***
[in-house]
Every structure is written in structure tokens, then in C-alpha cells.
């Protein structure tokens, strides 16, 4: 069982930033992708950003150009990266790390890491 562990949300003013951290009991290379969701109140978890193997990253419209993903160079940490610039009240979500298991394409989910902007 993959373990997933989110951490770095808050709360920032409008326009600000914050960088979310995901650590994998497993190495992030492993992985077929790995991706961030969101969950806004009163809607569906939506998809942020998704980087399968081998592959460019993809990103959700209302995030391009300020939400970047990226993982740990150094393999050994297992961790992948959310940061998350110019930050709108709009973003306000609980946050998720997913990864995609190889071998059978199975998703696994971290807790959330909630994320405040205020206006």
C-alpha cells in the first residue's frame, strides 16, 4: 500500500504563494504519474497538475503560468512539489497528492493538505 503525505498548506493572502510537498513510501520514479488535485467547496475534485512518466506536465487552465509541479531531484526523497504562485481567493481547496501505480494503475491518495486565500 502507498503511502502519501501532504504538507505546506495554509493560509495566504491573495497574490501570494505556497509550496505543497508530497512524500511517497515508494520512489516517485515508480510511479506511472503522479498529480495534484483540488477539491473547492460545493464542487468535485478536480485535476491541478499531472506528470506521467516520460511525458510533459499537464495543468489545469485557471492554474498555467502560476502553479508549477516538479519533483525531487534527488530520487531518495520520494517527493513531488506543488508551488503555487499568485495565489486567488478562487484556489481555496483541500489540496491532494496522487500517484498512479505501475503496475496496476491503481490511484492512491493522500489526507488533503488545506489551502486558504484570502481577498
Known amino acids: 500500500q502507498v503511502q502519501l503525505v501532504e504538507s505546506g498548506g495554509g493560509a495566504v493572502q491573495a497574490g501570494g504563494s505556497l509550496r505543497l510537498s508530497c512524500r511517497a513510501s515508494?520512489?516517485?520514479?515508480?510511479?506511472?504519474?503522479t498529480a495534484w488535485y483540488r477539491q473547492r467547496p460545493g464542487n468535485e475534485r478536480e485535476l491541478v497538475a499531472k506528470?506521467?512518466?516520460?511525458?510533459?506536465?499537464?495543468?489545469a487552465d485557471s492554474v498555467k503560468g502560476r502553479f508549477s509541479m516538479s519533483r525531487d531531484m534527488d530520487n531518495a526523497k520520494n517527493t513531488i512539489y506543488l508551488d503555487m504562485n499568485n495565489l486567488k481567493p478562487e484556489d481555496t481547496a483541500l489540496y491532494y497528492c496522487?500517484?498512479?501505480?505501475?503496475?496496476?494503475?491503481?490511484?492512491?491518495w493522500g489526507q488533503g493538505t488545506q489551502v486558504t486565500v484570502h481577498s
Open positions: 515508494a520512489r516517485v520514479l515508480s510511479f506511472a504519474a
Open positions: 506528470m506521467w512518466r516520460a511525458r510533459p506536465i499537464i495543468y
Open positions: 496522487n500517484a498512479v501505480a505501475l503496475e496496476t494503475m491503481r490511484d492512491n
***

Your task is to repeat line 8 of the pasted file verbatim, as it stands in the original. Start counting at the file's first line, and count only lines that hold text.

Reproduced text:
Open positions: 496522487n500517484a498512479v501505480a505501475l503496475e496496476t494503475m491503481r490511484d492512491n